Grave Of The Fireflies Film Analysis

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Japanese Anime. It is arguably the most visually identifiable form of animation, with the Mickey Mouse of Disney and the Bugs Bunny of Looney Tunes. The style has grown from the early Disney-inspired animation to the form we recognize today, such as the Pokémon cartoon series and the critically-acclaimed Spirited Away (2001). But prior to these most recent anime cartoons, there was a realist animated movie, Grave of the Fireflies (1988). It’s a war film that follows similar events that the original author experienced during the end of World War II in 1945. Correspondingly, this is why the narrative falls in the line of realism with a bit the supernatural elements of the spirits in the beginning and end of the film. Up front, the film appears to be mostly an anti-war film but it’s more than that. While the harsh reality of war is shown through the story of the close relationship between Setsuko and Seita, the main theme is presented…show more content…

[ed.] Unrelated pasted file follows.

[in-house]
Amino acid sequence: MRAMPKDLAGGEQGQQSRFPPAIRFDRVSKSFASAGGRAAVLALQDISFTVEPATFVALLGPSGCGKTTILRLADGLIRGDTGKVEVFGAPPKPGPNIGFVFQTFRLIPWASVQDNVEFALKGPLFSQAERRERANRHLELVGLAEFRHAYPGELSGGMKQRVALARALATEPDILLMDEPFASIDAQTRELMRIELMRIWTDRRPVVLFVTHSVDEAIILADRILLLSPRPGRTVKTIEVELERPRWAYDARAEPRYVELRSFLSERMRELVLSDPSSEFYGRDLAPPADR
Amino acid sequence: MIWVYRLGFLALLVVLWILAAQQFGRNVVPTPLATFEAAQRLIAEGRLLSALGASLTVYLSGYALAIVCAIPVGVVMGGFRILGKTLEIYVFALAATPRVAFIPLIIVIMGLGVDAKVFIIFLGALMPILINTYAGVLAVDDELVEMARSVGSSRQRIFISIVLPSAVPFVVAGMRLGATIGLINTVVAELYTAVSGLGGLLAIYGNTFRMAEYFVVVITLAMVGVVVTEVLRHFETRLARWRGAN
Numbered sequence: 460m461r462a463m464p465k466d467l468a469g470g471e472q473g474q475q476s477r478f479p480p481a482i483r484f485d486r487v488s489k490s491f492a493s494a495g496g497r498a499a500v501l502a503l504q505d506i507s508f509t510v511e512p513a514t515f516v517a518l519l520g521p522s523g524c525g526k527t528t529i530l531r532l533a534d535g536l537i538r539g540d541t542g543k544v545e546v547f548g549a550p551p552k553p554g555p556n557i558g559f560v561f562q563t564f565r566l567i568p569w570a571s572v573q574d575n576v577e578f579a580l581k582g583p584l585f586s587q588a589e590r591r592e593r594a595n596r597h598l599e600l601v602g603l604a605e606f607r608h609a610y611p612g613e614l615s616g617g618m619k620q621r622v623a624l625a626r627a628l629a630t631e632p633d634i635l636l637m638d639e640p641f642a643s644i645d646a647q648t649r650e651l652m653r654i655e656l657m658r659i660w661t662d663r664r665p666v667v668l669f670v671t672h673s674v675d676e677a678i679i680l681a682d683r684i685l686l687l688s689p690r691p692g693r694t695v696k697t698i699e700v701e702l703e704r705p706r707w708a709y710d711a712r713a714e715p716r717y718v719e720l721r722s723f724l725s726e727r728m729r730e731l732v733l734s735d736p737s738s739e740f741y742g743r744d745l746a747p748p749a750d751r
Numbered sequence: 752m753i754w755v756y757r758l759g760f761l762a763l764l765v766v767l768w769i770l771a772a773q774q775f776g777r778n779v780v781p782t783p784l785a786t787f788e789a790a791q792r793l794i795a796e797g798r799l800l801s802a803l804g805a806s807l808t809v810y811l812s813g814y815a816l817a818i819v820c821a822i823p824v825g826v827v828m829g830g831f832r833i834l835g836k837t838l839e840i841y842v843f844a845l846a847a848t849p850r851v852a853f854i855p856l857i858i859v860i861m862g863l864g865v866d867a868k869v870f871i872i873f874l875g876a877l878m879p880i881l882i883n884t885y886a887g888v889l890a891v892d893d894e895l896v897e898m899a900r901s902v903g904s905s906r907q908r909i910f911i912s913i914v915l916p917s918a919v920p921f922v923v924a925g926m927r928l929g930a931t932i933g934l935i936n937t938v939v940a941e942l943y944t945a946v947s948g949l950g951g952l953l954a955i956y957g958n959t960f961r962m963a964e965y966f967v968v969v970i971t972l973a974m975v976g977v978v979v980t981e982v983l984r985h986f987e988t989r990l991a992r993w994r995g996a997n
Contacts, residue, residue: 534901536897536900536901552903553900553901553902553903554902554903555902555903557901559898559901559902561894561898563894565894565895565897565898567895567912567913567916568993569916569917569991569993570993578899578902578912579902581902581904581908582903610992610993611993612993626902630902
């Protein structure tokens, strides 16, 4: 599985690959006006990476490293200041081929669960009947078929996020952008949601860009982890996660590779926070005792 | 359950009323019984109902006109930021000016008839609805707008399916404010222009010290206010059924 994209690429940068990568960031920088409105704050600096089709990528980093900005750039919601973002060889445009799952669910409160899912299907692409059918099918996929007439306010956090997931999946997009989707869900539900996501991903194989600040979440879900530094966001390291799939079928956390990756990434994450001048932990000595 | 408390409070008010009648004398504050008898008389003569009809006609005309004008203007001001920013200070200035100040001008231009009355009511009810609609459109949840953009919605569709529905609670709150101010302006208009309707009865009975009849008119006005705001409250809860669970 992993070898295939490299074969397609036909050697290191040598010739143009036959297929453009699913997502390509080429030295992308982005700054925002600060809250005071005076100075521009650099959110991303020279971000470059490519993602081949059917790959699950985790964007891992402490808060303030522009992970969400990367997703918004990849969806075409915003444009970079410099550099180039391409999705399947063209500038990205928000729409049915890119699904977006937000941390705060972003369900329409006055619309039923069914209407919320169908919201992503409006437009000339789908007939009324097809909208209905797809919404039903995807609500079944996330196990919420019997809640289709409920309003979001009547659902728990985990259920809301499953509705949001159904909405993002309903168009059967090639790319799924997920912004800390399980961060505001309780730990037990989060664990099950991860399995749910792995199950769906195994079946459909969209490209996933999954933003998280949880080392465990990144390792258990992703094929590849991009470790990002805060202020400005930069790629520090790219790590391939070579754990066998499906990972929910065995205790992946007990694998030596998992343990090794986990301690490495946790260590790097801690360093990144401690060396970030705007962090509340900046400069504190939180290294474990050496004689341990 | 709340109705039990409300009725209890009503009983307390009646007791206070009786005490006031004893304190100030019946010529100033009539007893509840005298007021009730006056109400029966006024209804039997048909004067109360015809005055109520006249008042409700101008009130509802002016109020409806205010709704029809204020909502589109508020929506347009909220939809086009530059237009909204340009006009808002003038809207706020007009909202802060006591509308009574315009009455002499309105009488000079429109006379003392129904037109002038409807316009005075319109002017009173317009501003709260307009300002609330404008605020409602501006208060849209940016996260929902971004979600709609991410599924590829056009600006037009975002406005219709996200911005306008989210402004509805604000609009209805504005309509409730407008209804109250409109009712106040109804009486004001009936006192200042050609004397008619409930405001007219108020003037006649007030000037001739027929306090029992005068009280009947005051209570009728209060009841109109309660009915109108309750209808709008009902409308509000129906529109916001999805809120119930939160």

The audience initially sees the fruit tin with Seita’s lifeless body in the train station. The tin can is thrown aside nonchalantly like the bodies of the dead in the rest of the station. Demonstrating the desensitization to the grotesque after experiencing the harshness of the war. In the flashback, Seita retrieves the fruit drops from the stockpile and saves them for Setsuko. Each time Setsuko gets upset or she finally starts to feel the pain of the war, Seita provides the candy to fulfill her tummy, her sugar-tooth, and to give her the only happiness she has left after losing everything to the war. The candy is portrayed as very important to Setsuko, which is why Seita carried the remaining tin can as a remembrance to his sister. Overall, Grave of the Fireflies is an emotionally-difficult film to watch due to the harsh reality that the two children faced. It appears to be an anti-war film, though the war is only used as a backdrop for a more personal story about a brother-sister

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